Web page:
However, there is a common issue that crops up time and time again, affecting the closed distribution models as much as it affects the open ones. How much control should the operating system developers exercise over the application vetting process?
Apple’s vetting process for applications, at times seemingly random, has caused plenty of controversy, with a number of applications bouncing in and out of the app store like yo-yos as Apple apparently vacillates over their validity. Developers have complained that Apple has been less than forthcoming with explanations as to why certain apps have been removed, but some commentators believe operator partners have had a word in Apple’s ear about certain applications, such as VoIP apps or those that allow tethering, which they don’t want running on their networks.
Conversely, Android has caught flak for being too lax in its own vetting policies which, when the Android Market first opened its doors in 2008, resulted in a certain amount of malware or virus-infected applications being released through the official channel. Then again, Android has also pulled applications from its own storefront after carriers complained they violated certain terms and conditions. Once again, VoIP was a common culprit.
It’s still early days for many of the other app stores. RIM only recently showed off its BlackBerry Widget Software Development Kit (SDK), a suite of tools allowing third party application developers to build rich, web-based applications for BlackBerry handsets, and Palm will officially open the doors to its Palm webOS developer programme in December. Meanwhile Microsoft has already drawn its line in the sand, releasing a list of what it will and won’t allow Windows mobile applications sold in its store to do, when it launches in the fourth quarter of this year.
But the lack of consistency and regulation in this nascent market has already caught the attention of the authorities. The US Federal Communications Commission recently took its first look into the business, having sent letters to Apple, its US carrier partner AT&T and Google asking for answers as to why Apple blocked Google’s VoIP application, which enables AT&T subscribers to make free voice calls.
That particular case is ongoing and its outcome will likely set a precedent for the rest of the industry. Not least because it has the potential to exacerbate the bottleneck problem likely to arise from the application inspection process as app stores rise in popularity. Screening each and every application to be made available for a certain platform is a timely process as well as an expensive one – more so for fragmented platforms like Symbian and Linux – and for developers who depend on getting their wares into the market as soon as they’re released time is indeed of the essence.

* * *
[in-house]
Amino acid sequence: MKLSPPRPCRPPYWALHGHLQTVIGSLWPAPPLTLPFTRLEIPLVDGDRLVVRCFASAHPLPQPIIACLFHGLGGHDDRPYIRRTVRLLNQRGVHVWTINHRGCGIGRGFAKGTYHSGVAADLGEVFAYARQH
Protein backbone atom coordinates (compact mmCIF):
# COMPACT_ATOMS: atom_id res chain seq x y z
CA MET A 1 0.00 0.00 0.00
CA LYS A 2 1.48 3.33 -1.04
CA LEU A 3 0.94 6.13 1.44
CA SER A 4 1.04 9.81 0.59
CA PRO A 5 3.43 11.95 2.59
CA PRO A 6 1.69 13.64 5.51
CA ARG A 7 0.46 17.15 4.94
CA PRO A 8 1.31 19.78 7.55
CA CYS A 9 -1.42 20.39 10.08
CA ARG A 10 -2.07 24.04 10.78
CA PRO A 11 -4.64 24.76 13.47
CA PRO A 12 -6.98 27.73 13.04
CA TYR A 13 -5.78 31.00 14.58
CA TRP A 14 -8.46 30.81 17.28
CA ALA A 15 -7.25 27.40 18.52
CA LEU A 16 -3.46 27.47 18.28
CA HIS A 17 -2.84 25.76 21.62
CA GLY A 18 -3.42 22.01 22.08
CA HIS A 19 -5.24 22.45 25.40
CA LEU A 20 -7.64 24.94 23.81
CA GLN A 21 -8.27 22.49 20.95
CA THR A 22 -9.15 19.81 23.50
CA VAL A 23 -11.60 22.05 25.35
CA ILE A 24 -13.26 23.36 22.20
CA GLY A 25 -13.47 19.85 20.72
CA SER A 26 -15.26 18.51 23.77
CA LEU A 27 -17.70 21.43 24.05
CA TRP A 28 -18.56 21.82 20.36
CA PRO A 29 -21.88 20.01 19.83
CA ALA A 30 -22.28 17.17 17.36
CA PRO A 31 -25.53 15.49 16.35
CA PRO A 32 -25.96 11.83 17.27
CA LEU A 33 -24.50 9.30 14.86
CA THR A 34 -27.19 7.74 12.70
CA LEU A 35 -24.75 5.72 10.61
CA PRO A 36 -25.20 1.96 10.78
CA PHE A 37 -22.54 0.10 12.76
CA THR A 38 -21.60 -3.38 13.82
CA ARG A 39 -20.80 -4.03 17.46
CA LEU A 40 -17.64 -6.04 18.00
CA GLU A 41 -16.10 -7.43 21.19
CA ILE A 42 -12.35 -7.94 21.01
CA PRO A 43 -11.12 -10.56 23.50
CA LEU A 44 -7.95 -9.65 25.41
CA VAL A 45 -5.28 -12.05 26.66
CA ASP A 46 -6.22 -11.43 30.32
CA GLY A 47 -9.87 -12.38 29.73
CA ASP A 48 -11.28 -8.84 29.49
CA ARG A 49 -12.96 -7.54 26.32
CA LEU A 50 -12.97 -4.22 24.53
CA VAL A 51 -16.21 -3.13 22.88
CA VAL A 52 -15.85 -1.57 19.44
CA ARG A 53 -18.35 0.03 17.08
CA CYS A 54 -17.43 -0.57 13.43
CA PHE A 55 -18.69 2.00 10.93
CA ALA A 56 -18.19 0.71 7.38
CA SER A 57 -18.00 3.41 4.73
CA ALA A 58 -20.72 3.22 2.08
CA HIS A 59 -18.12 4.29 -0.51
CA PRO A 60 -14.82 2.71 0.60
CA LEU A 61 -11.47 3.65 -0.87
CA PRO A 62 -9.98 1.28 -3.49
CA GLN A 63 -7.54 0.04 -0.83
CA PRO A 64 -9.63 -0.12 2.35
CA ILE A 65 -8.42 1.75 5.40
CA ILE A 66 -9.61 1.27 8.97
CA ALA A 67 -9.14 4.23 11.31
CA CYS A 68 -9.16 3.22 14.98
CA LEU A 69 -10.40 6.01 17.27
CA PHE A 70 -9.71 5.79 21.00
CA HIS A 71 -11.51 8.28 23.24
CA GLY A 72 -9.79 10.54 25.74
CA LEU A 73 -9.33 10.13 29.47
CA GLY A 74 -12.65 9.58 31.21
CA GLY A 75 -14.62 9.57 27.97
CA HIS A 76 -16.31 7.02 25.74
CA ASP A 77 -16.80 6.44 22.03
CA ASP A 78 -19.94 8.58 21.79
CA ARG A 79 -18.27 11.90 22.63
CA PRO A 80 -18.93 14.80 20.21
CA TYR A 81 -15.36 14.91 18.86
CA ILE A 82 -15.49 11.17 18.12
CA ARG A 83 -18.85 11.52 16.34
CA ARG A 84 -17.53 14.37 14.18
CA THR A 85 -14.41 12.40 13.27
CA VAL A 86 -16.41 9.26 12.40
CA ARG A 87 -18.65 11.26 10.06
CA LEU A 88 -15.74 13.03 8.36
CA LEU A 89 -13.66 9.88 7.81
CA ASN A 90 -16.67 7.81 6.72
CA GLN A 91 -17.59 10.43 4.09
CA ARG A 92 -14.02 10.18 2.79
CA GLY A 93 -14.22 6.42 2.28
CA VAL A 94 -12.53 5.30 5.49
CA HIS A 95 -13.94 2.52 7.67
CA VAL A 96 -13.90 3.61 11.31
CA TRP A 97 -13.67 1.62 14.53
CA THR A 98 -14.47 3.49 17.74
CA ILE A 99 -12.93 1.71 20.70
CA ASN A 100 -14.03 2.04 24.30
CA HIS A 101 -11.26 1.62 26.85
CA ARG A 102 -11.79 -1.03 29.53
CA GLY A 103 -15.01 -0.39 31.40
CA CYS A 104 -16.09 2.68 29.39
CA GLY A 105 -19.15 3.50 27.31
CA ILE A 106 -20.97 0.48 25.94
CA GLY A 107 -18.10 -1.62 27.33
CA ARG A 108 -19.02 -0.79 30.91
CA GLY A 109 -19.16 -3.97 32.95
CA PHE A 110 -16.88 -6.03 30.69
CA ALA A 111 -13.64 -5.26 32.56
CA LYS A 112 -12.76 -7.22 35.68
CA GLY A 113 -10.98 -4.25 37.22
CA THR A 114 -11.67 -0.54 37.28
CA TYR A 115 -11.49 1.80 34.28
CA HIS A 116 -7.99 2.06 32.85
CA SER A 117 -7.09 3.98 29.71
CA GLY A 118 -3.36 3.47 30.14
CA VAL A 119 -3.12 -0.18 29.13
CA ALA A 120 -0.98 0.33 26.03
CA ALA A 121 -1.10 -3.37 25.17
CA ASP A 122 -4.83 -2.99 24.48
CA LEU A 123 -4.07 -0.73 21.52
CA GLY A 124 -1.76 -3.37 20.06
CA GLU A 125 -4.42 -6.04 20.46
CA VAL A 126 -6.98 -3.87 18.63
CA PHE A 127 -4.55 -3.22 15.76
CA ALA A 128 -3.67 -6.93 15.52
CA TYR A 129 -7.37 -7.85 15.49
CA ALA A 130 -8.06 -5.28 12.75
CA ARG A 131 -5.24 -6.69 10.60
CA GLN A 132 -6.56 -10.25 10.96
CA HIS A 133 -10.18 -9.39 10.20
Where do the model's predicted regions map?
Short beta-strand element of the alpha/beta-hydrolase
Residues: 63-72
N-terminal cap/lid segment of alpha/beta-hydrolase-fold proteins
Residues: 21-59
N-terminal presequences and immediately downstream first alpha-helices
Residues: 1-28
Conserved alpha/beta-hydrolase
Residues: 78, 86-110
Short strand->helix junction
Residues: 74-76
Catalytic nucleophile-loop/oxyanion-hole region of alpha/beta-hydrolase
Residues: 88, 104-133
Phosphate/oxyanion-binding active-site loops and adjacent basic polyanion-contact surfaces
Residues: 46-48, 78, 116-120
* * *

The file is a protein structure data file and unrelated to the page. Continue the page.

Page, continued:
“Every store does its own signing and testing – these things that every store has to do, but the reality is that a huge chunk of it is similar across all the stores,” says Symbian’s Merling. “So if the Foundation can act as a moderator—the place that all Symbian apps get processed—we become the testing ground, create a set of tools that let people create device independent apps and test them for them, approve them and get the distribution. A moderator which removes that cost from them in terms of managing that store; we see that as a big opportunity.”
The big test will be whether the storekeepers can assess and improve each application submitted in an efficient and fair manner, giving adequate feedback to application developers. When Verizon recently launched its developer community initiative (VDC), giving developers who have created apps for platforms such as Java, BREW, Android, Windows Mobile and others the opportunity to submit their creations for deployment in the company’s soon to be launched app store it promised a streamlined testing and certification process with the goal of having apps approved within 14 days of submission.
“The large number of platforms makes developing applications to work on a number of devices very expensive,” says Pascal Thomas, vice president of digital innovation and communities at Orange. So it might be that to combat fragmentation expenses, developers choose a single platform and stick to it, in which case it won’t necessarily be the biggest, but the most customer relevant shopping mall that provides the biggest pull. Then again, in order to maximise potential revenues, developers will need to get their goods into as many stores as possible, which will mean addressing fragmentation itself, both on the same platform and across different platforms. In this case, perhaps the industry needs to adopt a standards-based approach. “The industry needs to work together to develop some rules to gather developers together so we can have success like the Apple’s app store has had success,” Thomas adds.